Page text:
22 Feb 2014

Funniest Story of the Week

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“‘Charles,’ said Cordelia, ‘Modern Art is all bosh, isn’t it?’

“‘Great bosh.’

Brideshead Revisited, (1945) Book 2, Chapter 1.

The Brisbane Times was one of many international newspapers chuckling over an Italian cleaning woman’s natural mistake.

A cleaner at an Italian art gallery has thrown away contemporary artworks valued at $15,000, after mistaking them for a pile of rubbish.

The unnamed cleaner swept up the paper, cardboard and pieces of broken biscuit that had been scattered on the floor of the gallery in the southern town of Bari.

The boss of the cleaning firm said the woman was “just doing her job” and that the company’s insurers would pick up the bill for the damage to the works, which included pieces by Italian artist Nicola Gobbetto and David Jablonowski from Germany. …

“It is clear the cleaning person did not realise she has thrown away two artworks and their value,” he told local press.

The cleaner’s mistake is just the latest in a series of incidents in which museum staff have confused modern art with rubbish.

In 2001, a cleaner at a west London gallery binned a pile of used ashtrays, newspapers and dirty beer bottles, not realising it was a work by notorious British artist Damien Hirst.

Hirst had arranged the junk the previous night at a launch party in a spontaneous installation.

“I didn’t think for a second that it was a work of art – it didn’t look much like art to me,” cleaner Emmanuel Asare reportedly said at the time. “So I cleared it all into bin bags and dumped it.”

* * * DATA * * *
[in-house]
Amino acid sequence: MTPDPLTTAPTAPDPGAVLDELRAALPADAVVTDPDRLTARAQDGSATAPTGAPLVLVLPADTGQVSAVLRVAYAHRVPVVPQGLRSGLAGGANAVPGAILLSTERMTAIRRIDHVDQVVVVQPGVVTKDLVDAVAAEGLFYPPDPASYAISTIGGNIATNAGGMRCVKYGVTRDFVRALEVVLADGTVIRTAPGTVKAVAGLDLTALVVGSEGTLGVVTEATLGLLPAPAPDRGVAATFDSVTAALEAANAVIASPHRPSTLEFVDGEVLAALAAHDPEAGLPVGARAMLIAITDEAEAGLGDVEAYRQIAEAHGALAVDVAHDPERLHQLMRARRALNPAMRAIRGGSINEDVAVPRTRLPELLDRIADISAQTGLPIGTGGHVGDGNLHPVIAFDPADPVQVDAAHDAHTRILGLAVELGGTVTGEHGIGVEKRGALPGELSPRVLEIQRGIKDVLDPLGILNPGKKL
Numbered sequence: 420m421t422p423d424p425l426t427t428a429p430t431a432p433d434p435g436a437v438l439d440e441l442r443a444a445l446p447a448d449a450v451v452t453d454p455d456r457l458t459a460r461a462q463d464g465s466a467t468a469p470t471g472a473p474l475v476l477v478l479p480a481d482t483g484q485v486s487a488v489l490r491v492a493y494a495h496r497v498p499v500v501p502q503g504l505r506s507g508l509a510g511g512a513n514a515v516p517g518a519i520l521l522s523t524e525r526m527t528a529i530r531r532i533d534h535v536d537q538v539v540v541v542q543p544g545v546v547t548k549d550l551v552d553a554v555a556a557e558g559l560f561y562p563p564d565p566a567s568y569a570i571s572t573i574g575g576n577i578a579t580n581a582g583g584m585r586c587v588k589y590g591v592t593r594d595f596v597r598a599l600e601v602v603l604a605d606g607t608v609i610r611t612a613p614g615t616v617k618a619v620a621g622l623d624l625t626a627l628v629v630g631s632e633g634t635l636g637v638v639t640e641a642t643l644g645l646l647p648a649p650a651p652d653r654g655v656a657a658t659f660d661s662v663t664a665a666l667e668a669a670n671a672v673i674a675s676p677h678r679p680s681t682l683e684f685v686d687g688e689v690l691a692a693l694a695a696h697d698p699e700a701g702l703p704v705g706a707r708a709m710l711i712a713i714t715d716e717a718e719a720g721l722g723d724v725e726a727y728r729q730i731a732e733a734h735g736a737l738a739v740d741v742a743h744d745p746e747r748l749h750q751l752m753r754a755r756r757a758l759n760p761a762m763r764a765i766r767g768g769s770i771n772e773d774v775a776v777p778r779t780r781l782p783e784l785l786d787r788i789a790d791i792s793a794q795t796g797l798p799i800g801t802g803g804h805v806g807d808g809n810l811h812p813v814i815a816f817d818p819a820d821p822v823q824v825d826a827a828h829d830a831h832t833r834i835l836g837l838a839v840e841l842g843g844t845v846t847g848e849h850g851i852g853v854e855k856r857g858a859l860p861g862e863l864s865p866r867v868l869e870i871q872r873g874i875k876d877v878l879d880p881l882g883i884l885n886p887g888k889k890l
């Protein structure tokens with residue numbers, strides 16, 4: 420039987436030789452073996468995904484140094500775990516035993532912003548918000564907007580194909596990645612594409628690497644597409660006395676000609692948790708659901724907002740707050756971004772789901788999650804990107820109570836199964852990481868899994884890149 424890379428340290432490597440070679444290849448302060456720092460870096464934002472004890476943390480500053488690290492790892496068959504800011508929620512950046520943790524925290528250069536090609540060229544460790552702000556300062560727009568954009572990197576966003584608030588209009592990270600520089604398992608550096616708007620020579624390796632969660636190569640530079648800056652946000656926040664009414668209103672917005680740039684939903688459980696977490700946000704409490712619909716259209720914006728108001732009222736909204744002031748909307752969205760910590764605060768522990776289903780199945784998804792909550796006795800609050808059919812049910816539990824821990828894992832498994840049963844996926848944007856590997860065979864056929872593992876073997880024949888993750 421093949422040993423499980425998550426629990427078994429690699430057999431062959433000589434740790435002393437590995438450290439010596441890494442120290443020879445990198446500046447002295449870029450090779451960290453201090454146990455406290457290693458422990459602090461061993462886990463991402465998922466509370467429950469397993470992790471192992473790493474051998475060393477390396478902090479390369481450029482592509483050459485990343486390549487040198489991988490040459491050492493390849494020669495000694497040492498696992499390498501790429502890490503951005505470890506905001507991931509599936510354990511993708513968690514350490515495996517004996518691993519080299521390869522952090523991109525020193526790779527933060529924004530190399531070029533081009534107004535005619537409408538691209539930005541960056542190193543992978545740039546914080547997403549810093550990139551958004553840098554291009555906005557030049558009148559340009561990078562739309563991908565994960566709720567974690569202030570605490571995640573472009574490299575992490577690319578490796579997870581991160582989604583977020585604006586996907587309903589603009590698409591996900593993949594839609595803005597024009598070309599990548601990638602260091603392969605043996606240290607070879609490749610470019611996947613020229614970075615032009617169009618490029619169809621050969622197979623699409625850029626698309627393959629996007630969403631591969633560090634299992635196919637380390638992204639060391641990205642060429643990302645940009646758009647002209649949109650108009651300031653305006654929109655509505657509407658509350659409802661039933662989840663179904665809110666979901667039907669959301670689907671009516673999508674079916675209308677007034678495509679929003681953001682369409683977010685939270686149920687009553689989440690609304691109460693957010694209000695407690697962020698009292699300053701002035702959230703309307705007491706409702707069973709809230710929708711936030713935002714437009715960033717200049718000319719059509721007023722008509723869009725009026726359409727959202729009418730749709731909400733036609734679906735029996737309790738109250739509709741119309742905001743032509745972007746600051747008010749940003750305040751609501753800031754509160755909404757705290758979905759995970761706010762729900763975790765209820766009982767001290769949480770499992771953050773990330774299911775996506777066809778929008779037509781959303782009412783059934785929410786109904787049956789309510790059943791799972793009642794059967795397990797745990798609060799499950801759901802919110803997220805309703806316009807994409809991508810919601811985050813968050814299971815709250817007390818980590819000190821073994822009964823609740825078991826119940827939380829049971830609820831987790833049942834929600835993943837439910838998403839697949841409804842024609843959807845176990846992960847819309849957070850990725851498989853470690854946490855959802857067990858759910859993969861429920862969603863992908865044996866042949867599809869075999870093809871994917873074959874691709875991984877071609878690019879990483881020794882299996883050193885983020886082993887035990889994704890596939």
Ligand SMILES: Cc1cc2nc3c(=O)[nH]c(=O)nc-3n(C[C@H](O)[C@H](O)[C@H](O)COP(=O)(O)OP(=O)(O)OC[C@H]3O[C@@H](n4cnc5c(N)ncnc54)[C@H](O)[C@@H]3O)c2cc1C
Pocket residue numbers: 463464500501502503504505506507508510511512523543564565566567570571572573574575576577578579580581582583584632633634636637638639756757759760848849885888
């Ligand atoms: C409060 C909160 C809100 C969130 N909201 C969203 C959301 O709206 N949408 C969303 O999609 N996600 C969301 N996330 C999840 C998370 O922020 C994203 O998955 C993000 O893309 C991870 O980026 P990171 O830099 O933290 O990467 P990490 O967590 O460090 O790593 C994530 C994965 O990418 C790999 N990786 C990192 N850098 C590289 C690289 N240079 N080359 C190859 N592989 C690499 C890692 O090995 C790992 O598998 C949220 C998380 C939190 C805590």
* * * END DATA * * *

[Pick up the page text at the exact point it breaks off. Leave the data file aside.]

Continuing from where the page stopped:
In 1999 an installation by Tracey Emin composed of an unmade bed, used condoms and underwear was ruined after museum attendants tidied it up, believing it to have been vandalised.

And a similarly over-zealous cleaner wrecked an installation called Untitled (Bathtub) by German artist Josef Beuys in 1986. The piece, displayed in Dusseldorf, consisted of a dirty bathtub, which the museum worker scrubbed clean.

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The last, and only, time I was in the MOMA in New York, I saw a painting of squares and rectangles in dark blue and black. As I walked out of the gallery I commented about the painting to the guard (a young kid in his late teens or early twenties). I said, “They hung it upside down.” I came back later with my wife and son and the guard was still giggling. He saw me and smiled, and snickered some more.

COL Goff

“If there is hope, it lies with the proles.”


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